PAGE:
Introducing Southern Norway
Norway’s southern coastline has always drawn Norwegian tourists in summer droves. It’s not difficult to see why, with coastal villages all dressed in white looking out across an island-studded sea.
Many of the villages are quite beautiful, especially Grimstad, Risør, Kragerø and Flekkefjord, and can make for picturesque stepping stones en route from Oslo to Stavanger. The region also offers a chance to see a different kind of Norway from fjords and high plateaus – not to mention the fact that you’re more likely to meet Norwegians on holiday than just about anywhere else in the country. Kristiansand, Larvik and especially Arendal are also agreeable larger towns. Apart from everything else, the kids will never forgive you if you don’t take them to Kristiansand Dyrepark, one of Norway’s best children’s theme parks. However, unless you’re planning to be in the country for a long visit, think carefully about whether this is really the Norway you came to see, especially given the price hikes that most towns along the coast insist on in summer.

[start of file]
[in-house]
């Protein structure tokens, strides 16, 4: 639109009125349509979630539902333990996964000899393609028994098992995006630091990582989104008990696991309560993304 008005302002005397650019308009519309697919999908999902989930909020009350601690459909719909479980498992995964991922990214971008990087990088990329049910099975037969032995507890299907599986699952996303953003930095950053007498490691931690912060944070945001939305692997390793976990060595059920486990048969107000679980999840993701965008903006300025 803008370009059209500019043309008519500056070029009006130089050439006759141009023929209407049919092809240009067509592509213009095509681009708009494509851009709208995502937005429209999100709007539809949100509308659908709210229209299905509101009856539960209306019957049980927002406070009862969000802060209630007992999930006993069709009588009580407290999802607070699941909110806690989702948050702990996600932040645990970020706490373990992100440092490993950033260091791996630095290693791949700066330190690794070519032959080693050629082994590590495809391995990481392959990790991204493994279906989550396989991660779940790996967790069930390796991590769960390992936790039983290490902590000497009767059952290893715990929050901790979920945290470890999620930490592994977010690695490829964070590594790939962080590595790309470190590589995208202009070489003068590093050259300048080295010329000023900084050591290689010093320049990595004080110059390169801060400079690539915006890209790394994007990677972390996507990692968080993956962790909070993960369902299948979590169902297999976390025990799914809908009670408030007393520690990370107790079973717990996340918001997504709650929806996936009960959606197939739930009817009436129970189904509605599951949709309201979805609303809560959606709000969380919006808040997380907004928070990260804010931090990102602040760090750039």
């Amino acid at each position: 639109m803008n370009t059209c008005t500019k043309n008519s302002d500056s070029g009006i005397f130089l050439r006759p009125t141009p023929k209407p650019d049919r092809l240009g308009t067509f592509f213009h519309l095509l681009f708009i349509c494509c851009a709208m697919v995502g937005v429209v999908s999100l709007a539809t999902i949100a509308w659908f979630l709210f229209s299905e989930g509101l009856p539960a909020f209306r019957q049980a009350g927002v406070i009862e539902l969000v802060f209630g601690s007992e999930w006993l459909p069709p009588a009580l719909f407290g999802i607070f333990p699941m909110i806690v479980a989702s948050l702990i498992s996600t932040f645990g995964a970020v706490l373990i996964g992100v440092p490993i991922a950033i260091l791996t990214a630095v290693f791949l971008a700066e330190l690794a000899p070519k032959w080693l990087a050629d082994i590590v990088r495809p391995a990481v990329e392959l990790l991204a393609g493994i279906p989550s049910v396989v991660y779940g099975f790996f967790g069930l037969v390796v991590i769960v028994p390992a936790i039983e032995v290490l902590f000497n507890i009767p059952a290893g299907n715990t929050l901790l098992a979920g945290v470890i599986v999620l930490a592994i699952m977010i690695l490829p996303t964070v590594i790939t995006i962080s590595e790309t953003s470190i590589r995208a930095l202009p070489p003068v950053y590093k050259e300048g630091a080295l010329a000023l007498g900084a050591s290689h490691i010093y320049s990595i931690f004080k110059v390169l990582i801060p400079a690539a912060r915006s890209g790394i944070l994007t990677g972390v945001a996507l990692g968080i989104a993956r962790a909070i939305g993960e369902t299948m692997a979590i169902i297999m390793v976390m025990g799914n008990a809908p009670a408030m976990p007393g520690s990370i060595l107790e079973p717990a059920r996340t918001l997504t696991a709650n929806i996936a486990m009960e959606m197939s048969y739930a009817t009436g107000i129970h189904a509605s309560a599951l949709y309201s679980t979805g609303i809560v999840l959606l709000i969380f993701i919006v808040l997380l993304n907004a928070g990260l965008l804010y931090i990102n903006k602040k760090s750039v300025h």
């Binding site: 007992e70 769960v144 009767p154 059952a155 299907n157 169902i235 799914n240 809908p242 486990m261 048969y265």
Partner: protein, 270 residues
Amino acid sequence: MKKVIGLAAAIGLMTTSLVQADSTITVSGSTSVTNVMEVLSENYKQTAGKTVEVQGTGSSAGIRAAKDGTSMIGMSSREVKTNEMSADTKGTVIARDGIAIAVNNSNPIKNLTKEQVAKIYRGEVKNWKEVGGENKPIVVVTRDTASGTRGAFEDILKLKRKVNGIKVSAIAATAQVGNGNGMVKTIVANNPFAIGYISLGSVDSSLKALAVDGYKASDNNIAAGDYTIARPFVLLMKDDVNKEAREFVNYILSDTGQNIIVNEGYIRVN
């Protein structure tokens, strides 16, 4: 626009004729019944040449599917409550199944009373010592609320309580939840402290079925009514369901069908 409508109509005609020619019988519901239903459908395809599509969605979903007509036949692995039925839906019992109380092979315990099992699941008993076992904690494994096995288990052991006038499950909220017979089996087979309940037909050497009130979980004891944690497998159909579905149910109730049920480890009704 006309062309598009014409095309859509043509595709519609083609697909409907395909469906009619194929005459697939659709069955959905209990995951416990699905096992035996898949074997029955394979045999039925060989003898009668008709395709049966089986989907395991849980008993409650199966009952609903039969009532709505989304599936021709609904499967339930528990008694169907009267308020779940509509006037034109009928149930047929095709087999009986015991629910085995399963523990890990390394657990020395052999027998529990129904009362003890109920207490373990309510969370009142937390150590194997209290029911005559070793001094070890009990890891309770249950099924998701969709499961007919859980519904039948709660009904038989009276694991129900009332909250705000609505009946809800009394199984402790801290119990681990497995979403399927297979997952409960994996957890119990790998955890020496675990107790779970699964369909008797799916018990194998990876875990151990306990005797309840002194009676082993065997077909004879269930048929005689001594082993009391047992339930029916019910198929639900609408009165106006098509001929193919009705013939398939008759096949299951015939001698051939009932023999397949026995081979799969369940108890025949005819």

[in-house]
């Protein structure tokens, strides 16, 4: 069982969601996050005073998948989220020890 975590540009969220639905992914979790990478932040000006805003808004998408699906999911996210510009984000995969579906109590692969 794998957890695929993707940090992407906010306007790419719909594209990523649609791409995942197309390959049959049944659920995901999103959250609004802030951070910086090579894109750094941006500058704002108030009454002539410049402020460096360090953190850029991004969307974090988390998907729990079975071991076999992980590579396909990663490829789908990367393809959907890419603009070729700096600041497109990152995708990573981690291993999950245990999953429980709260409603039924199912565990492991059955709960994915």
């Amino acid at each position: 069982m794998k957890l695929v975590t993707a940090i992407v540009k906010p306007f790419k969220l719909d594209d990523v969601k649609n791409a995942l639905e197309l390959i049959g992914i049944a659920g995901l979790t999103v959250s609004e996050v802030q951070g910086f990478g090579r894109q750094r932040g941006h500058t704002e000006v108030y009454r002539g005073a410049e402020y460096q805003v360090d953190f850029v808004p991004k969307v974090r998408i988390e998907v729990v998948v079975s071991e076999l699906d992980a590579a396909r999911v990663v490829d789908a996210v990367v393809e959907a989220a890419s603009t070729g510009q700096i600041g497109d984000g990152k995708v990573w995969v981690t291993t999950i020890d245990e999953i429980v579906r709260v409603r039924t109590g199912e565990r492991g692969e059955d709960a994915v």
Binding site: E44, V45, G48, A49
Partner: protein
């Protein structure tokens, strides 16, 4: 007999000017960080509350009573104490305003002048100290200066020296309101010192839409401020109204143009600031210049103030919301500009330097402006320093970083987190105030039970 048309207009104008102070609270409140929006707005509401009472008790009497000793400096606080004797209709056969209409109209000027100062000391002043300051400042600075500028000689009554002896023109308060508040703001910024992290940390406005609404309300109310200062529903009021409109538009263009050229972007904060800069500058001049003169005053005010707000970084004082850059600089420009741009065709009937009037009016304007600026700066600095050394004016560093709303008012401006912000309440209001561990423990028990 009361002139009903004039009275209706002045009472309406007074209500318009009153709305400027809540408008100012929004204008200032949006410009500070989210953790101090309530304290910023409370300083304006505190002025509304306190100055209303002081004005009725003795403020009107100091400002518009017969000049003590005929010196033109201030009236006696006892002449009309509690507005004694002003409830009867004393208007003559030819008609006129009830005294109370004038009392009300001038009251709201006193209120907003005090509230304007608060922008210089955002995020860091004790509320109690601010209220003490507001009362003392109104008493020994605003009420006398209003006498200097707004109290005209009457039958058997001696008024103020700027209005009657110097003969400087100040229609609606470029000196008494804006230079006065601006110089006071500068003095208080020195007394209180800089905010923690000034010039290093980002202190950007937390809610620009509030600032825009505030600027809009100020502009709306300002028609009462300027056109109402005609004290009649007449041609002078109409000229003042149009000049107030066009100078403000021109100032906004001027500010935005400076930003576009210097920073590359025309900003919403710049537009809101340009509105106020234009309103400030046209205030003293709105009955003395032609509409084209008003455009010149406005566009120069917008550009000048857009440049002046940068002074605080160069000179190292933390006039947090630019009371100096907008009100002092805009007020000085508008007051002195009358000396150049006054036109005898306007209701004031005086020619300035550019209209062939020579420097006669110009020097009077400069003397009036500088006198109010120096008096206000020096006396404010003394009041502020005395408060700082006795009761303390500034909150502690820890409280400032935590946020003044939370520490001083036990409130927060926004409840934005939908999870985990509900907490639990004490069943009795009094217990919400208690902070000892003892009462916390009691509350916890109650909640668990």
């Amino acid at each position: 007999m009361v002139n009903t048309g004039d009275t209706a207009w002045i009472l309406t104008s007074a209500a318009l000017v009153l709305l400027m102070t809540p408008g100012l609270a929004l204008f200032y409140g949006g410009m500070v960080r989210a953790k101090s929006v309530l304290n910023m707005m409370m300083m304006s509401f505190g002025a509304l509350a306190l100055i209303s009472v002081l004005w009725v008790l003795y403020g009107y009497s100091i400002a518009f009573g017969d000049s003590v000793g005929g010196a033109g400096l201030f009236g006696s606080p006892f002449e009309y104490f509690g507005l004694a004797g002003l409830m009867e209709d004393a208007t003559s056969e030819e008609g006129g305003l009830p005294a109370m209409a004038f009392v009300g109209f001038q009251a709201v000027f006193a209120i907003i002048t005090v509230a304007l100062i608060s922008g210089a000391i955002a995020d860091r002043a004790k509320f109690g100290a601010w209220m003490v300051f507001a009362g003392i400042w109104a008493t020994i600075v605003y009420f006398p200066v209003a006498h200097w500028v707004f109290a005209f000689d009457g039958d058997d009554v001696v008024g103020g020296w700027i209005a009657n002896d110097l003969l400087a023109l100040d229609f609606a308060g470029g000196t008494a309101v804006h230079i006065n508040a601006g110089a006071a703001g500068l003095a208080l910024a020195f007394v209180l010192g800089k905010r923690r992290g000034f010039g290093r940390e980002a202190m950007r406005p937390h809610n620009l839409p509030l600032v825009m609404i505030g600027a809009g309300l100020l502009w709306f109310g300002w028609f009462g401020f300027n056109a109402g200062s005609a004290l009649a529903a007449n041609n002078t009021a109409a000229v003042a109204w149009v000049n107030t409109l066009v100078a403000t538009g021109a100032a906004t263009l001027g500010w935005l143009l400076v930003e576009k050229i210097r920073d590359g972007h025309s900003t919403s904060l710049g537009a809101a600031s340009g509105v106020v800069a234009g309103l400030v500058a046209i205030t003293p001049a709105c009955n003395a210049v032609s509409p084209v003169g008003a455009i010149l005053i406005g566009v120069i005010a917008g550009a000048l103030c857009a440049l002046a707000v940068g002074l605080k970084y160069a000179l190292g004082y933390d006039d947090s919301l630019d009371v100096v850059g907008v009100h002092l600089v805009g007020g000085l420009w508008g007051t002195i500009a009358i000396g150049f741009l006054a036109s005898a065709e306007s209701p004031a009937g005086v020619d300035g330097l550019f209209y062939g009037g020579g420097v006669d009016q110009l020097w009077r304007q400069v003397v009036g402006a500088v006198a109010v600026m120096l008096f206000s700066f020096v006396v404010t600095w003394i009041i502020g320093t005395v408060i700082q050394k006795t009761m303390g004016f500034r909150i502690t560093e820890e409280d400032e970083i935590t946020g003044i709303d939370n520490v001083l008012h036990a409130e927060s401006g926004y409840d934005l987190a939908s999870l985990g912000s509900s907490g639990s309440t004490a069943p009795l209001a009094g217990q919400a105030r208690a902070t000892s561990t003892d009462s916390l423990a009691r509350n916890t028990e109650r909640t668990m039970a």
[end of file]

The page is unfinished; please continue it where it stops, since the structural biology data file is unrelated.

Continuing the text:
Venture inland and you’ll begin to experience increasingly dramatic landscapes but without the masses of tourists that gravitate towards the west and north in summer. The quiet valley of Setesdalen is rich in forested hillsides, traditional culture and high-energy thrills such as white-water rafting. Kongsberg promises a journey deep into the earth at its legendary silver mines, while nearby Notodden has Norway’s largest stave church. Telemark, especially at Dalen and troll-haunted Seljord, is also beautiful. But the place we love above all others in the region’s interior is Rjukan, in part for its epic historical stories, but more as the gateway to some of Norway’s most scenic high country – the Hardangervidda National Park and the spectacularly formed mountain of Gausta.